Credit Constraints, Learning and Aggregate Consumption Volatility
AbstractThis paper documents three empirical facts. First, the volatility of consumption growth relative to income growth rose from 1947-1960 and then fell dramatically by 50 percent from the 1960s to the 1990s. Second, the correlation between consumption growth and personal income growth fell by about 50 percent over the same time period. Finally, the absolute deviation of consumption growth from its mean exhibits one break in U.S. data, and the mean of the absolute deviations has fallen by about 30 percent. First, I find that a standard dynamic, stochastic general equilibrium model is unable to explain these facts. Then, I examine the ability of two hypotheses: a fall in credit constraints and changing beliefs about the permanence of income shocks to account for these facts. I find evidence for both explanations and the beliefs explanation is more consistent with the data. Importantly, I find that estimated changes in beliefs about the permanence of income shocks have significant explanatory power for consumption changes.
Download InfoIf you experience problems downloading a file, check if you have the proper application to view it first. In case of further problems read the IDEAS help page. Note that these files are not on the IDEAS site. Please be patient as the files may be large.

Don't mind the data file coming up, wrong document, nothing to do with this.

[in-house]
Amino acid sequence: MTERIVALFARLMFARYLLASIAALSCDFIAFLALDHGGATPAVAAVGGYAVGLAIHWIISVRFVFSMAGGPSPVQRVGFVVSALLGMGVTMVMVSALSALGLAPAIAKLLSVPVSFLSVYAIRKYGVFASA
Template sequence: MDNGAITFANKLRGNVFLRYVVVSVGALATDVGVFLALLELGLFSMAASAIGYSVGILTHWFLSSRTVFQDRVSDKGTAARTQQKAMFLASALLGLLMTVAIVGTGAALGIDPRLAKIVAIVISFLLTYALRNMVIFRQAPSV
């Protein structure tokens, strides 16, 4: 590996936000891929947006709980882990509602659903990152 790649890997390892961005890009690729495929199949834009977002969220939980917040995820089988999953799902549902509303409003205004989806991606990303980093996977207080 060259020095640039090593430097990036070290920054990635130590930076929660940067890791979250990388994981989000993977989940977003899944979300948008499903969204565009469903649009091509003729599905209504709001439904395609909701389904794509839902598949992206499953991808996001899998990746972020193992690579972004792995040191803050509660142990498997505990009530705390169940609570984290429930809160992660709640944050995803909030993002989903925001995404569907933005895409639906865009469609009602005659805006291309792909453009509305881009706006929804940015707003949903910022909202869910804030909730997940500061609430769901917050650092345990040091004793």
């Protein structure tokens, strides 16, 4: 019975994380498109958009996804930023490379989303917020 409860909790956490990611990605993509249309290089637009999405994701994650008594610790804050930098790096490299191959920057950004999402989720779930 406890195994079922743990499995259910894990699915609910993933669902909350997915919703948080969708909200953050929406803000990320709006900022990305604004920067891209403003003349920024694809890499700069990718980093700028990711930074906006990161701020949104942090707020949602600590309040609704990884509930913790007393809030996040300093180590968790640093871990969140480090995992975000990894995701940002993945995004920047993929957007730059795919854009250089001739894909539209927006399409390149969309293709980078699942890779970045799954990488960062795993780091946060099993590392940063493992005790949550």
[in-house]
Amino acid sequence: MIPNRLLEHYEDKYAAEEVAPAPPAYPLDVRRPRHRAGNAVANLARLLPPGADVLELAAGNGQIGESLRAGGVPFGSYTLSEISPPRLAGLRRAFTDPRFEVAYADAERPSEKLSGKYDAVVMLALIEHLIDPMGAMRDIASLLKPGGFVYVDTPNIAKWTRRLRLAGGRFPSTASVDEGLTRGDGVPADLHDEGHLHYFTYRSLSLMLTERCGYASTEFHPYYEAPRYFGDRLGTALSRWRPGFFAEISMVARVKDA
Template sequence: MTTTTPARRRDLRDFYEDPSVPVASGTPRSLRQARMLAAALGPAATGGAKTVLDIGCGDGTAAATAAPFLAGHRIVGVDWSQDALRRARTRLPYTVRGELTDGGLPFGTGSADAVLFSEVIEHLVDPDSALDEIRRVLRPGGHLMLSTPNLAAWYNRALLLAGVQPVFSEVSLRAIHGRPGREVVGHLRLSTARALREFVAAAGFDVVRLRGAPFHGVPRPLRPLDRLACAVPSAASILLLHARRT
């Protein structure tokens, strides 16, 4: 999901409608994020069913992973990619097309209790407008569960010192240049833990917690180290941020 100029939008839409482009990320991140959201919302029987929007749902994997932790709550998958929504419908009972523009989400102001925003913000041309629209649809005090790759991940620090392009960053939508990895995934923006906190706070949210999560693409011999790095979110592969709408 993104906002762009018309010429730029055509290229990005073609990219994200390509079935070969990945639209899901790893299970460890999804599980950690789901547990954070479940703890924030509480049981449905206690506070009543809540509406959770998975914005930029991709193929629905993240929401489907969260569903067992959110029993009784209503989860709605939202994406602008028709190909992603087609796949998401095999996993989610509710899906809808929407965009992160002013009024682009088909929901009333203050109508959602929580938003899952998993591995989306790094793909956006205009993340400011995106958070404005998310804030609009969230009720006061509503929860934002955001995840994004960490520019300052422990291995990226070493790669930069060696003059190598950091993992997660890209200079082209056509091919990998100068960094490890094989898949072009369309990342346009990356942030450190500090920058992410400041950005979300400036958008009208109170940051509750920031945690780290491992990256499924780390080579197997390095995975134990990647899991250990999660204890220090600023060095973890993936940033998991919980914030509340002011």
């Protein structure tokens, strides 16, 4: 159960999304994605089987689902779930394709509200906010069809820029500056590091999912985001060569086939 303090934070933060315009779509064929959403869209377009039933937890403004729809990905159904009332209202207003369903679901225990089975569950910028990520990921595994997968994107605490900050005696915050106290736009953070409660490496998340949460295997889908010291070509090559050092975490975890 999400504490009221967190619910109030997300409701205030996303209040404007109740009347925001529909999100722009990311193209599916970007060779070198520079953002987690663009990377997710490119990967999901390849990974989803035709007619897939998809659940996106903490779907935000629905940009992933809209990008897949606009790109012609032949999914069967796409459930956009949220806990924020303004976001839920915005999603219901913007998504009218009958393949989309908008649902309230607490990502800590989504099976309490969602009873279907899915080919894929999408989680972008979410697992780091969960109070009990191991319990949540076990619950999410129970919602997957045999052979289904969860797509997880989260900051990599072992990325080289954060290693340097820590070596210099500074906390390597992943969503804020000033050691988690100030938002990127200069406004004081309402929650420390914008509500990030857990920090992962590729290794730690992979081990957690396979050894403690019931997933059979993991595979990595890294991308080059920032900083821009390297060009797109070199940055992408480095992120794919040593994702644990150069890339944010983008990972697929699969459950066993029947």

Bibliographic InfoPaper provided by Brandeis University, Department of Economics and International Businesss School in its series Working Papers with number 06.
Length: 34 pages
Date of creation: Nov 2007
Date of revision: Nov 2009
Consumption; Business Fluctuations; Learning;
Other versions of this item:
- Daniel L. Tortorice, 2010. "Credit Constraints, Learning, and Aggregate Consumption Volatility," 2010 Meeting Papers 738, Society for Economic Dynamics.
- E21 - Macroeconomics and Monetary Economics - - Macroeconomics: Consumption, Saving, Production, Employment, and Investment - - - Consumption; Saving; Wealth
- E32 - Macroeconomics and Monetary Economics - - Prices, Business Fluctuations, and Cycles - - - Business Fluctuations; Cycles
- D83 - Microeconomics - - Information, Knowledge, and Uncertainty - - - Search, Learning, and Information
Please report citation or reference errors to , or , if you are the registered author of the cited work, log in to your RePEc Author Service profile, click on "citations" and make appropriate adjustments.:
- Perron, P. & Bai, J., 1995.
"Estimating and Testing Linear Models with Multiple Structural Changes,"
Cahiers de recherche
9552, Centre interuniversitaire de recherche en économie quantitative, CIREQ.
- Jushan Bai & Pierre Perron, 1998. "Estimating and Testing Linear Models with Multiple Structural Changes," Econometrica, Econometric Society, vol. 66(1), pages 47-78, January.
- Perron, P. & Bai, J., 1995. "Estimating and Testing Linear Models with Multiple Structural Changes," Cahiers de recherche 9552, Universite de Montreal, Departement de sciences economiques.
- Fatih Guvenen, 2006.